The Value vs. Effort prioritization framework is one of the simplest ways to decide what to build next. One of the most significant benefits of the framework is the flexibility of value and effort can mean various things in different use cases.
One of the most significant benefits of the Value vs. Effort framework is the flexibility of value and effort can mean various things to different companies and organizations.
Value vs. Effort criteria
To rate the value of an item, ask, "How does this contribute to our goal." A goal can be anything that you are focusing on in your project. For example, increasing customer satisfaction, getting more closed deals, increasing code quality, etc. Don't forget to unify values with the team for each category:
This metric clarifies "How difficult it is to deliver the task." Don't forget to assess the effort of your whole team, the Effort should be based on the estimation of all parties involved.
Bringing your team in on the decision-making process by letting them decide which projects to tackle first can help them feel more connected to their work and improve workflow.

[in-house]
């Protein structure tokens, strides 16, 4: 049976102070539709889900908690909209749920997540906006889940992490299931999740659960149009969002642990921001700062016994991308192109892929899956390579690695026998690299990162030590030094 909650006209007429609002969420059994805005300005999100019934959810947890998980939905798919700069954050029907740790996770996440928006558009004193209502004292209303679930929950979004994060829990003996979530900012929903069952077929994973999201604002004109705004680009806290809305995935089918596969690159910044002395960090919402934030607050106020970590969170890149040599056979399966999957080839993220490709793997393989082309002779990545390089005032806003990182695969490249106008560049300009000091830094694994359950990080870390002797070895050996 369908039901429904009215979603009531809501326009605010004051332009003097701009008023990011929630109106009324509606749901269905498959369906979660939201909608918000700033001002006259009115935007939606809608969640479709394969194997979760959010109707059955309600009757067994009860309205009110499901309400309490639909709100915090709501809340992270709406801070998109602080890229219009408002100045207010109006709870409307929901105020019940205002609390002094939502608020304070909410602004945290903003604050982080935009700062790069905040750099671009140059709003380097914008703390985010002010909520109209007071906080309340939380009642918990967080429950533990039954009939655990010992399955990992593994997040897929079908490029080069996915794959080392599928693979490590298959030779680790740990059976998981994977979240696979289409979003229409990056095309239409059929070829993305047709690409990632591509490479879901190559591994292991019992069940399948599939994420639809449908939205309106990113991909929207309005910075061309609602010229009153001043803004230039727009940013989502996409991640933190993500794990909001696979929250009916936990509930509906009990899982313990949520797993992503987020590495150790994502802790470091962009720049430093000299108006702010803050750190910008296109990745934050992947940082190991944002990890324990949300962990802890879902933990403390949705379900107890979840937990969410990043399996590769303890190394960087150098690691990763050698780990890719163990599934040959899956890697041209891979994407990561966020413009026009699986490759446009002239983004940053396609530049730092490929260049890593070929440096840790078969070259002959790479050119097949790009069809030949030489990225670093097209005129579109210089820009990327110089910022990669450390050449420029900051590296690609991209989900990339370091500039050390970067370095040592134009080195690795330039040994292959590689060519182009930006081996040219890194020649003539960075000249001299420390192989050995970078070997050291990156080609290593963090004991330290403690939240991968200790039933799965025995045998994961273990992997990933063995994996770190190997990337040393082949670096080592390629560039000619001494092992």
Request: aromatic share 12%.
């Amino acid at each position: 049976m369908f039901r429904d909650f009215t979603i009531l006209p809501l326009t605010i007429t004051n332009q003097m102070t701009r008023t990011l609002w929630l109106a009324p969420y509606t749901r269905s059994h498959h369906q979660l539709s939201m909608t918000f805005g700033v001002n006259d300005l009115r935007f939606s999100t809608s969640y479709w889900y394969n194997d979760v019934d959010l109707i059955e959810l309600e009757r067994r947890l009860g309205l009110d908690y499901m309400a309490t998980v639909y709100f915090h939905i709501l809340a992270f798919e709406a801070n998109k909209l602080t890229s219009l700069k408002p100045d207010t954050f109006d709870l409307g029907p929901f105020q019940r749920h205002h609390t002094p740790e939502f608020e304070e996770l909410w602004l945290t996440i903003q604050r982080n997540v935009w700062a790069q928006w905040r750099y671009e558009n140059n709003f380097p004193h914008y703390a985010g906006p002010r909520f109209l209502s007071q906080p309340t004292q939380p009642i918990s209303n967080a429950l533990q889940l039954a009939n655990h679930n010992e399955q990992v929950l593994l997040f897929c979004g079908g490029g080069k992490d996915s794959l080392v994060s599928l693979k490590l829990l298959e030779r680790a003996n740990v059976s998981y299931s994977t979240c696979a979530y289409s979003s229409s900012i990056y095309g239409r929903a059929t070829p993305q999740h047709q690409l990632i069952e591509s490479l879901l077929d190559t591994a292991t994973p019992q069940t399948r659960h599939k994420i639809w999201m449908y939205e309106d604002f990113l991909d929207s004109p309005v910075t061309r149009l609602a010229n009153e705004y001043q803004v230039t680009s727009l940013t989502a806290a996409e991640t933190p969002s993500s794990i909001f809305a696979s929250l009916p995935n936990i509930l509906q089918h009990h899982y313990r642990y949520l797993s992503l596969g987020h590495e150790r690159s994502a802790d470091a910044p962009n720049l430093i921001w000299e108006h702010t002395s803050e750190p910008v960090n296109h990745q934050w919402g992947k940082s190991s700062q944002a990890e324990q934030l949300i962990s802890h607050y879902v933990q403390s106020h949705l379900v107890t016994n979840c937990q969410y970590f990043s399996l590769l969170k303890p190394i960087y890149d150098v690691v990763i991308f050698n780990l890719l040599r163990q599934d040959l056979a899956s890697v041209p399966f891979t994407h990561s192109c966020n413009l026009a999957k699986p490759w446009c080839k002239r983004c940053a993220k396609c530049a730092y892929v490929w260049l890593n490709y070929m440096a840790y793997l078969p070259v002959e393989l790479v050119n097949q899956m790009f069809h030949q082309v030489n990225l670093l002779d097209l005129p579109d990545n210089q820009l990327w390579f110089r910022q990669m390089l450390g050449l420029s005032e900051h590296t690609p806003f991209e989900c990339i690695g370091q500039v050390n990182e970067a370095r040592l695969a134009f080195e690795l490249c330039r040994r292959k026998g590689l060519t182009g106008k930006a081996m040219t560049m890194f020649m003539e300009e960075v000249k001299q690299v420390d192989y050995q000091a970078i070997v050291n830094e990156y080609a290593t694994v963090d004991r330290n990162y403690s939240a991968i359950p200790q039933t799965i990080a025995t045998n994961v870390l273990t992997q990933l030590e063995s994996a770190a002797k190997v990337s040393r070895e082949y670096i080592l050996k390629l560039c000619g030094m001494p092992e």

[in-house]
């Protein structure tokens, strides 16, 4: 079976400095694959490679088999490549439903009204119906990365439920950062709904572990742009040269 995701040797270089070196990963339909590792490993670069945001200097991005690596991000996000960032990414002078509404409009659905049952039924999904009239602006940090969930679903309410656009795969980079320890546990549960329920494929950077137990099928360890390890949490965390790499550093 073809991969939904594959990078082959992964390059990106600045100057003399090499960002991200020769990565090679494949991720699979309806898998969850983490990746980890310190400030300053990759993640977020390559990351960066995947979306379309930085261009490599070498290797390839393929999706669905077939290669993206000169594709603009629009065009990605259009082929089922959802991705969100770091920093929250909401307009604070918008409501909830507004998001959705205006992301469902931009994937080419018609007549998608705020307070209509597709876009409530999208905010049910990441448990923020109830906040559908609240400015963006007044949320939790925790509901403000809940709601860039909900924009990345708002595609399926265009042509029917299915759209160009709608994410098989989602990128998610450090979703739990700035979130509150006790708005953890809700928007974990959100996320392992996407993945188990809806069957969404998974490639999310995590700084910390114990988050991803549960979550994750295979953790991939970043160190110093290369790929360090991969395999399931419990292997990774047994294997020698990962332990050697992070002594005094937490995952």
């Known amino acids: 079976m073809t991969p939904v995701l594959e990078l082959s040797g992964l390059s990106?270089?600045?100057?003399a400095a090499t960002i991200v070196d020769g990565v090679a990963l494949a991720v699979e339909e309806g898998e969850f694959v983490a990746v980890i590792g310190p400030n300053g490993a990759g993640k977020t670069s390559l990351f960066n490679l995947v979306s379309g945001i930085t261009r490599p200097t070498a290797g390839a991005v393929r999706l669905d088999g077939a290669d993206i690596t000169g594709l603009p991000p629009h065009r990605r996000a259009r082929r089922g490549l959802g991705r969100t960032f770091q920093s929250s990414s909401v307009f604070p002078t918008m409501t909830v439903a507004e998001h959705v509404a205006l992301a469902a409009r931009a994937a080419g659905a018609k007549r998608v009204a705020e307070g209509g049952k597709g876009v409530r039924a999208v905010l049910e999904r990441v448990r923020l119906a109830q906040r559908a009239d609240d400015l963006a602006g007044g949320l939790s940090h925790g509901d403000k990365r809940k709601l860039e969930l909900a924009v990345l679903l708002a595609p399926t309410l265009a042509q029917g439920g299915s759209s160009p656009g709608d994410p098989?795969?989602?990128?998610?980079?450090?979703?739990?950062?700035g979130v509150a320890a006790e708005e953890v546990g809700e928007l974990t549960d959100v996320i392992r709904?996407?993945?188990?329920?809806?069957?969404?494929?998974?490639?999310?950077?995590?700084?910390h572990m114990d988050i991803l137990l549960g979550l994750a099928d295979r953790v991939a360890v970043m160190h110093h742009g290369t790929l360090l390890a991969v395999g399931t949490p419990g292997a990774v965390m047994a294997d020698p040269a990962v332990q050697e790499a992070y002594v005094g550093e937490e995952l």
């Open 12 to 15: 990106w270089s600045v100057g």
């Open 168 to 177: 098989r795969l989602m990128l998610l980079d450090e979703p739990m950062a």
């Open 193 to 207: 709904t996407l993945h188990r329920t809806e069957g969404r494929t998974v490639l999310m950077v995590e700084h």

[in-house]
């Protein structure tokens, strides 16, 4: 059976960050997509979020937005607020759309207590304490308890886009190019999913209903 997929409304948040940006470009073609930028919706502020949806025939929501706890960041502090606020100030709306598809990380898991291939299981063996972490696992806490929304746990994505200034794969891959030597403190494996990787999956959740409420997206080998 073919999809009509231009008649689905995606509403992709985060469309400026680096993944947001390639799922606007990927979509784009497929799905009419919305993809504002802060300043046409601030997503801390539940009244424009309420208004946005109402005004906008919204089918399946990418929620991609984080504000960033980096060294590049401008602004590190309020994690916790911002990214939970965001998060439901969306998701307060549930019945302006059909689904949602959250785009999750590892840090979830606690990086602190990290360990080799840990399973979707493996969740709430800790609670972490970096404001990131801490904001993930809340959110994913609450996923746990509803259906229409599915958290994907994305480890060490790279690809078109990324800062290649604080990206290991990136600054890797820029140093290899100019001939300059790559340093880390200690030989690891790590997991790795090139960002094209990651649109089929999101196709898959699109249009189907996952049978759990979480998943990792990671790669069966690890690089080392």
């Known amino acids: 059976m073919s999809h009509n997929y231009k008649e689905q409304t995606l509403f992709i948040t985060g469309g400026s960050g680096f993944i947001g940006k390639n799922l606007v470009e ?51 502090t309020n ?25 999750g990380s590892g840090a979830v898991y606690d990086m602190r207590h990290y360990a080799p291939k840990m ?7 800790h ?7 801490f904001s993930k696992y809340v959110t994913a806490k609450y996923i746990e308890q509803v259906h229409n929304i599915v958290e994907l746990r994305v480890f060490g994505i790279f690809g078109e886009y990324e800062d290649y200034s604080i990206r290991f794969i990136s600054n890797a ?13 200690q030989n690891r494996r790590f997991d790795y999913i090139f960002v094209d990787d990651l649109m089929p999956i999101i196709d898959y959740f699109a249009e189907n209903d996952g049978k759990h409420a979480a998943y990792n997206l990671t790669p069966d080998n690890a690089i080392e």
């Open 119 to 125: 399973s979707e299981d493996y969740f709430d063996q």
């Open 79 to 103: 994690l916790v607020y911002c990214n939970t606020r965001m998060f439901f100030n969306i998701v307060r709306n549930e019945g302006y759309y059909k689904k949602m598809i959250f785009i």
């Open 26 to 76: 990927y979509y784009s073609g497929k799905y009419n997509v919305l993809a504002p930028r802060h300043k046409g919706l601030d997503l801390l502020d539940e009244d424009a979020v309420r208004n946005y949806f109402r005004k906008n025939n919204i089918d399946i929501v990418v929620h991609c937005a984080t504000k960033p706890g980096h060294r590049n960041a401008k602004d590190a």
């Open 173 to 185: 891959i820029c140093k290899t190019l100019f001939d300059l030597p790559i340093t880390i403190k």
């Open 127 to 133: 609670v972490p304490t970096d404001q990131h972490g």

Agree on time frames e.g., we calculate the impact for the next three months.
Discuss and unify the values with the team before starting a prioritization session - it improves the scoring method, and everybody will be on the same page on scores.
Value vs. Effort priority matrix
Based on your scoring, feature ideas or initiatives can be visualized on a matrix. It defines categories that are additional information to the priority score.
Quick wins - Do these first to bring value and see results in no time! Big value for the lowest effort.
Big bets - will bring huge value, but they usually require more time and resources. Plan for them properly.
Fill-ins - Do these in your spare time. They won't require too much time, so you can do them while waiting between tasks.
Time sinks - These items take too long to complete, and the value isn't that big. Leave them as last or skip them altogether.